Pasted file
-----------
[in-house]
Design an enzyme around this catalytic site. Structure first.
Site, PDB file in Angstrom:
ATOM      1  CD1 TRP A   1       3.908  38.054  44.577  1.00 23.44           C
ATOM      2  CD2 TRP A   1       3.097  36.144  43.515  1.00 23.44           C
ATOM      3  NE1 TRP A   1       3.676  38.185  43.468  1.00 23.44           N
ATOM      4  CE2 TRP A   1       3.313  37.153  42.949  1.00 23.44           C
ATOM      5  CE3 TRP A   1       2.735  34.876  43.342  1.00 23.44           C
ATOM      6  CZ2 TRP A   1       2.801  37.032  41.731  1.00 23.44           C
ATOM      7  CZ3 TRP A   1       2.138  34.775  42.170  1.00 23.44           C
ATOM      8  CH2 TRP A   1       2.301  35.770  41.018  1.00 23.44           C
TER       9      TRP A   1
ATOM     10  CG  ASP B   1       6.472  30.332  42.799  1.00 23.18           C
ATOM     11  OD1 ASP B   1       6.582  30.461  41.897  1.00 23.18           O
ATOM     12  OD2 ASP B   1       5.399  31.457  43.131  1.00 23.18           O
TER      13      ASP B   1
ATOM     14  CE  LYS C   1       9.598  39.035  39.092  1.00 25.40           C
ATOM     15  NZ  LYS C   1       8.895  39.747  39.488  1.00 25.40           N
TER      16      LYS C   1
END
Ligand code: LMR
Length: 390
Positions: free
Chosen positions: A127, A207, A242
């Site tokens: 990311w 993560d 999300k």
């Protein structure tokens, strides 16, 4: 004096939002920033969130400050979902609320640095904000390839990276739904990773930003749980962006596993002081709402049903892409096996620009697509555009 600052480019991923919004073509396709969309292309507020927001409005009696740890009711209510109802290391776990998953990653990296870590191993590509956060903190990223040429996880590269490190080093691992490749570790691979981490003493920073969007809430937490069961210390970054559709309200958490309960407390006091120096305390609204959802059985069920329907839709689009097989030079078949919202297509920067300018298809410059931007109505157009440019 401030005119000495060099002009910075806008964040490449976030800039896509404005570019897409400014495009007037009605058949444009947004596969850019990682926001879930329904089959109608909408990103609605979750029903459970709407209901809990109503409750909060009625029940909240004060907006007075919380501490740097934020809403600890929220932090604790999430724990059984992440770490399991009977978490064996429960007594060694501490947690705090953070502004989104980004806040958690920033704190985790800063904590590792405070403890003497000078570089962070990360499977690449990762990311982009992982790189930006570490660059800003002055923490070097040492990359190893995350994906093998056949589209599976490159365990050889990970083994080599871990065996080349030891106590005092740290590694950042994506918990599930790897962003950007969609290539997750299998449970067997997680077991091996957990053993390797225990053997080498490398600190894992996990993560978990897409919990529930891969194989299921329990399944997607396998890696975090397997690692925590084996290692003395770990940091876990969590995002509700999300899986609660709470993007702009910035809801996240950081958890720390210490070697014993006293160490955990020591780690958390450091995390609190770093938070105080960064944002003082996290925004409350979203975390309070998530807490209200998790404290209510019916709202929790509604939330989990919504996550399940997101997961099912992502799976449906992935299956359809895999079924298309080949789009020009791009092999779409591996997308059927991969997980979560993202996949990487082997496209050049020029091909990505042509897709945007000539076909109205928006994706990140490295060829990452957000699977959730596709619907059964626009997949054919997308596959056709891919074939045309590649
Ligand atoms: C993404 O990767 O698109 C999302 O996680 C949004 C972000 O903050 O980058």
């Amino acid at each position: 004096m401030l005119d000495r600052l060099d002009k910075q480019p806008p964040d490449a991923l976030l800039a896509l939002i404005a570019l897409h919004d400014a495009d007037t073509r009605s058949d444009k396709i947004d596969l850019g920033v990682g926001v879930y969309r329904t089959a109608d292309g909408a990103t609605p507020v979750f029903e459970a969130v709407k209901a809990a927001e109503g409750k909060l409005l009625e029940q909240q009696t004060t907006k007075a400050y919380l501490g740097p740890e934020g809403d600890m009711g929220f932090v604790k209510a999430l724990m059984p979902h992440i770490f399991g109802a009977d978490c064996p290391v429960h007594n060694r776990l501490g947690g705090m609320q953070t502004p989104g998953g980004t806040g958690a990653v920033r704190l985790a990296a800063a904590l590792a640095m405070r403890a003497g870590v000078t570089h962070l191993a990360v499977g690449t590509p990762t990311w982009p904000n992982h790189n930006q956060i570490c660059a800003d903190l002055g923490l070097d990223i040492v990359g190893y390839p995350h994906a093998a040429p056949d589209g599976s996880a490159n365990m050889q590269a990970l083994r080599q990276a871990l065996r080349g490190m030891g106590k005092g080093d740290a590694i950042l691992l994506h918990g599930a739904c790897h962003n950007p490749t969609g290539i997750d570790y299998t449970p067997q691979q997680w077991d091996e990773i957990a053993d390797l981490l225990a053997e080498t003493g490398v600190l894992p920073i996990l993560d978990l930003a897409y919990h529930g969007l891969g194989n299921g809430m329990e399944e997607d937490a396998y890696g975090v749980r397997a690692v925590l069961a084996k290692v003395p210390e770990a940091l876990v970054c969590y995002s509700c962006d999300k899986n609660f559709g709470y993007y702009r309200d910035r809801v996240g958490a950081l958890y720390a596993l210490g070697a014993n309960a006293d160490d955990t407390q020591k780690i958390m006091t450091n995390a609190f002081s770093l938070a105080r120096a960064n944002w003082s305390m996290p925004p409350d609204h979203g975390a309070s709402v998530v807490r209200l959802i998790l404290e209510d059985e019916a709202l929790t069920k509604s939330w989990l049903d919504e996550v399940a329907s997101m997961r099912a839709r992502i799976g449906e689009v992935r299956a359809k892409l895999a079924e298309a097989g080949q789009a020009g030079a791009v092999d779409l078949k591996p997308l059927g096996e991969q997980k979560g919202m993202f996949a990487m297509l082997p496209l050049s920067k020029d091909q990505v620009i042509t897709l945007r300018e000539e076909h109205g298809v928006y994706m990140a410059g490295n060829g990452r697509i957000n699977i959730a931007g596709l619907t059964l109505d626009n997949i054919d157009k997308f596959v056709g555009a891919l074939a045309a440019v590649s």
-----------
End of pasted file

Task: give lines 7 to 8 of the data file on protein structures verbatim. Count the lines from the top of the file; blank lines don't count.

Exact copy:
ATOM      4  CE2 TRP A   1       3.313  37.153  42.949  1.00 23.44           C
ATOM      5  CE3 TRP A   1       2.735  34.876  43.342  1.00 23.44           C